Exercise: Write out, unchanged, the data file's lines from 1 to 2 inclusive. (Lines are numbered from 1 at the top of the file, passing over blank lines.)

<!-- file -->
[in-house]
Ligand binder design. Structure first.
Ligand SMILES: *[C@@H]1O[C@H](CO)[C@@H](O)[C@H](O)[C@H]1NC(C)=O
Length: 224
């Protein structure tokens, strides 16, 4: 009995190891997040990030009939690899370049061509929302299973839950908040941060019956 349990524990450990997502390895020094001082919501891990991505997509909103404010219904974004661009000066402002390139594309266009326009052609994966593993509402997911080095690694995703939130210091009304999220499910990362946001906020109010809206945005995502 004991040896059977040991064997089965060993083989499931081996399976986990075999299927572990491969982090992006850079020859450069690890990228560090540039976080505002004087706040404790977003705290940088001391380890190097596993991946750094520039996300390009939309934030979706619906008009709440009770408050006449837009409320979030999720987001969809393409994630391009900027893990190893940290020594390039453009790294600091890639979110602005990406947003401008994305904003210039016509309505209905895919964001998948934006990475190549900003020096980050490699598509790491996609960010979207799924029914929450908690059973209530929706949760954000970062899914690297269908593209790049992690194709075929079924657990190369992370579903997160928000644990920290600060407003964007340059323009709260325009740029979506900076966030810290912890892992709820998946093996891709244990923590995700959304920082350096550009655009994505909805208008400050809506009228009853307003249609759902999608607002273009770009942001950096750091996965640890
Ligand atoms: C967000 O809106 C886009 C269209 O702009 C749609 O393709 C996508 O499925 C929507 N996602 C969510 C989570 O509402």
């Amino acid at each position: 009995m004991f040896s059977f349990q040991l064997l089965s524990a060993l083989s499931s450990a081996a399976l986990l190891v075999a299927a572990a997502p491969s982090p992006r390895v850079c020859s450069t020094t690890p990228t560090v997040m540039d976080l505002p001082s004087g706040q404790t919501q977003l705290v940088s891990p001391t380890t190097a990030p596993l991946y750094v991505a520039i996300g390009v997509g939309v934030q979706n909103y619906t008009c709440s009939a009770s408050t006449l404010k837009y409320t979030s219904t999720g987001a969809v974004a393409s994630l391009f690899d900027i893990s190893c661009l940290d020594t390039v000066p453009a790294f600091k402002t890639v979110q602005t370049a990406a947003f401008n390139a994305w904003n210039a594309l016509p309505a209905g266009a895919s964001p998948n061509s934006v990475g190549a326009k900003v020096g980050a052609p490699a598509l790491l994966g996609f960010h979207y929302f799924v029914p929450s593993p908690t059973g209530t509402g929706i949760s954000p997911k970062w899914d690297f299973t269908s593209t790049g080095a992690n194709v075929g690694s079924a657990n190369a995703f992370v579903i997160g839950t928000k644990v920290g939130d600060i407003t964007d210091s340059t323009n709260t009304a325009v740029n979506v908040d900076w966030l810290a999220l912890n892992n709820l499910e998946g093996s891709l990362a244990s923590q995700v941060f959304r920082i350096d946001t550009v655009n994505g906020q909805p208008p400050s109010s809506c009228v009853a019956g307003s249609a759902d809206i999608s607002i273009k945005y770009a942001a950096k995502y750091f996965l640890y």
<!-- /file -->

[in-house]
Ligand binder design. Structure first.